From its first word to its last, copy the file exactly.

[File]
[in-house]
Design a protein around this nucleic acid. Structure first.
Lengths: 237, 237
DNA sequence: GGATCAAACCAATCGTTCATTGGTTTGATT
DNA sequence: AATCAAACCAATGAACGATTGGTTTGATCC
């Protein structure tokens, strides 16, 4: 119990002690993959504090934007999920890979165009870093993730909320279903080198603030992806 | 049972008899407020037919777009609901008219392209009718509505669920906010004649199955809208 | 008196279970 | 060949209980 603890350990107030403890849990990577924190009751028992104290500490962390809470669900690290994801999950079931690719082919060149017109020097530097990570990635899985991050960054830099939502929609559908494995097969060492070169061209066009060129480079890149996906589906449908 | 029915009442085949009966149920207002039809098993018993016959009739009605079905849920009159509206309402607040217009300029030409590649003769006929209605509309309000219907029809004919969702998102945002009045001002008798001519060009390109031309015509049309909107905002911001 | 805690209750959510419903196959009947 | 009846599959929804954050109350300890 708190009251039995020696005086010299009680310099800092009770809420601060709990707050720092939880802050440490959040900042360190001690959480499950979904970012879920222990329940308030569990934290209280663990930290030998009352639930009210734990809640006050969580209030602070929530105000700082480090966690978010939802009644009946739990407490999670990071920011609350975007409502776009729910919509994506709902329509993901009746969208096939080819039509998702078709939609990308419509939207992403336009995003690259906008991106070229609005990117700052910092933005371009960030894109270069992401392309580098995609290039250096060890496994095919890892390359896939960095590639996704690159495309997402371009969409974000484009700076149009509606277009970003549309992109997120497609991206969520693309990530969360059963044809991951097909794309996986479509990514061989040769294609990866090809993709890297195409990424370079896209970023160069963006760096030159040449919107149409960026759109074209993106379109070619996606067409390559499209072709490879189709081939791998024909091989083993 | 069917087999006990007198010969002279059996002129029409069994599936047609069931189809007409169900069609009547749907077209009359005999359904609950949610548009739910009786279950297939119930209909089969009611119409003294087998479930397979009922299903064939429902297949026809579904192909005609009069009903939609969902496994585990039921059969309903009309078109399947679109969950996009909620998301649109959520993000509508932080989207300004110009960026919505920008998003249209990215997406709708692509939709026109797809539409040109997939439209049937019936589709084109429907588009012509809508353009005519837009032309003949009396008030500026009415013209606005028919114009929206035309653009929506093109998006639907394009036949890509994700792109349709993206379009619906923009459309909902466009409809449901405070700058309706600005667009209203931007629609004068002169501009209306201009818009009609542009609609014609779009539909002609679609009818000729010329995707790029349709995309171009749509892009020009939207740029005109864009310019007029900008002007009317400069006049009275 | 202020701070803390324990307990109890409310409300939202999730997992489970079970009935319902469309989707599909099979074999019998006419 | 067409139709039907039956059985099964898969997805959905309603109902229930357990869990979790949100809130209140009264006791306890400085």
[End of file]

[in-house]
Design a protein around this nucleic acid. Structure first.
Lengths: 237, 237
DNA sequence: GGATCAAACCAATCGTTCATTGGTTTGATT
DNA sequence: AATCAAACCAATGAACGATTGGTTTGATCC
């Protein structure tokens, strides 16, 4: 119990002690993959504090934007999920890979165009870093993730909320279903080198603030992806 | 049972008899407020037919777009609901008219392209009718509505669920906010004649199955809208 | 008196279970 | 060949209980 603890350990107030403890849990990577924190009751028992104290500490962390809470669900690290994801999950079931690719082919060149017109020097530097990570990635899985991050960054830099939502929609559908494995097969060492070169061209066009060129480079890149996906589906449908 | 029915009442085949009966149920207002039809098993018993016959009739009605079905849920009159509206309402607040217009300029030409590649003769006929209605509309309000219907029809004919969702998102945002009045001002008798001519060009390109031309015509049309909107905002911001 | 805690209750959510419903196959009947 | 009846599959929804954050109350300890 708190009251039995020696005086010299009680310099800092009770809420601060709990707050720092939880802050440490959040900042360190001690959480499950979904970012879920222990329940308030569990934290209280663990930290030998009352639930009210734990809640006050969580209030602070929530105000700082480090966690978010939802009644009946739990407490999670990071920011609350975007409502776009729910919509994506709902329509993901009746969208096939080819039509998702078709939609990308419509939207992403336009995003690259906008991106070229609005990117700052910092933005371009960030894109270069992401392309580098995609290039250096060890496994095919890892390359896939960095590639996704690159495309997402371009969409974000484009700076149009509606277009970003549309992109997120497609991206969520693309990530969360059963044809991951097909794309996986479509990514061989040769294609990866090809993709890297195409990424370079896209970023160069963006760096030159040449919107149409960026759109074209993106379109070619996606067409390559499209072709490879189709081939791998024909091989083993 | 069917087999006990007198010969002279059996002129029409069994599936047609069931189809007409169900069609009547749907077209009359005999359904609950949610548009739910009786279950297939119930209909089969009611119409003294087998479930397979009922299903064939429902297949026809579904192909005609009069009903939609969902496994585990039921059969309903009309078109399947679109969950996009909620998301649109959520993000509508932080989207300004110009960026919505920008998003249209990215997406709708692509939709026109797809539409040109997939439209049937019936589709084109429907588009012509809508353009005519837009032309003949009396008030500026009415013209606005028919114009929206035309653009929506093109998006639907394009036949890509994700792109349709993206379009619906923009459309909902466009409809449901405070700058309706600005667009209203931007629609004068002169501009209306201009818009009609542009609609014609779009539909002609679609009818000729010329995707790029349709995309171009749509892009020009939207740029005109864009310019007029900008002007009317400069006049009275 | 202020701070803390324990307990109890409310409300939202999730997992489970079970009935319902469309989707599909099979074999019998006419 | 067409139709039907039956059985099964898969997805959905309603109902229930357990869990979790949100809130209140009264006791306890400085």